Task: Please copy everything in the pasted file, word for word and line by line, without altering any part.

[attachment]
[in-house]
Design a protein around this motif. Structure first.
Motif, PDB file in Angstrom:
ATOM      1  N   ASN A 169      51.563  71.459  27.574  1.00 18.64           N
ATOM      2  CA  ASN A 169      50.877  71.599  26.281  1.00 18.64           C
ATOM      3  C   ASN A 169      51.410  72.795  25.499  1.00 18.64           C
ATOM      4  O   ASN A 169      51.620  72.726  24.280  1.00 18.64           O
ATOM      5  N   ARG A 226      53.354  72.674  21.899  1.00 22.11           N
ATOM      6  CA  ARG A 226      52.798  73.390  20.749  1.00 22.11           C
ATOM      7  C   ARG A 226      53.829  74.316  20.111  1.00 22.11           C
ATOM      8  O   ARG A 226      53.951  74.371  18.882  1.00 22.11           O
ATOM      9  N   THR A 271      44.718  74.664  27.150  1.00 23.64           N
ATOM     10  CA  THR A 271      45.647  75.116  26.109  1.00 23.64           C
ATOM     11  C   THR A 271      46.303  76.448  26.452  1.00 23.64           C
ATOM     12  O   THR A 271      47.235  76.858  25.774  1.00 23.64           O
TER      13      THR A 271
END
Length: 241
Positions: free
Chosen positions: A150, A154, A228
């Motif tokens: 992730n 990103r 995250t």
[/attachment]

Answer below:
[in-house]
Design a protein around this motif. Structure first.
Motif, PDB file in Angstrom:
ATOM      1  N   ASN A 169      51.563  71.459  27.574  1.00 18.64           N
ATOM      2  CA  ASN A 169      50.877  71.599  26.281  1.00 18.64           C
ATOM      3  C   ASN A 169      51.410  72.795  25.499  1.00 18.64           C
ATOM      4  O   ASN A 169      51.620  72.726  24.280  1.00 18.64           O
ATOM      5  N   ARG A 226      53.354  72.674  21.899  1.00 22.11           N
ATOM      6  CA  ARG A 226      52.798  73.390  20.749  1.00 22.11           C
ATOM      7  C   ARG A 226      53.829  74.316  20.111  1.00 22.11           C
ATOM      8  O   ARG A 226      53.951  74.371  18.882  1.00 22.11           O
ATOM      9  N   THR A 271      44.718  74.664  27.150  1.00 23.64           N
ATOM     10  CA  THR A 271      45.647  75.116  26.109  1.00 23.64           C
ATOM     11  C   THR A 271      46.303  76.448  26.452  1.00 23.64           C
ATOM     12  O   THR A 271      47.235  76.858  25.774  1.00 23.64           O
TER      13      THR A 271
END
Length: 241
Positions: free
Chosen positions: A150, A154, A228
């Motif tokens: 992730n 990103r 995250t």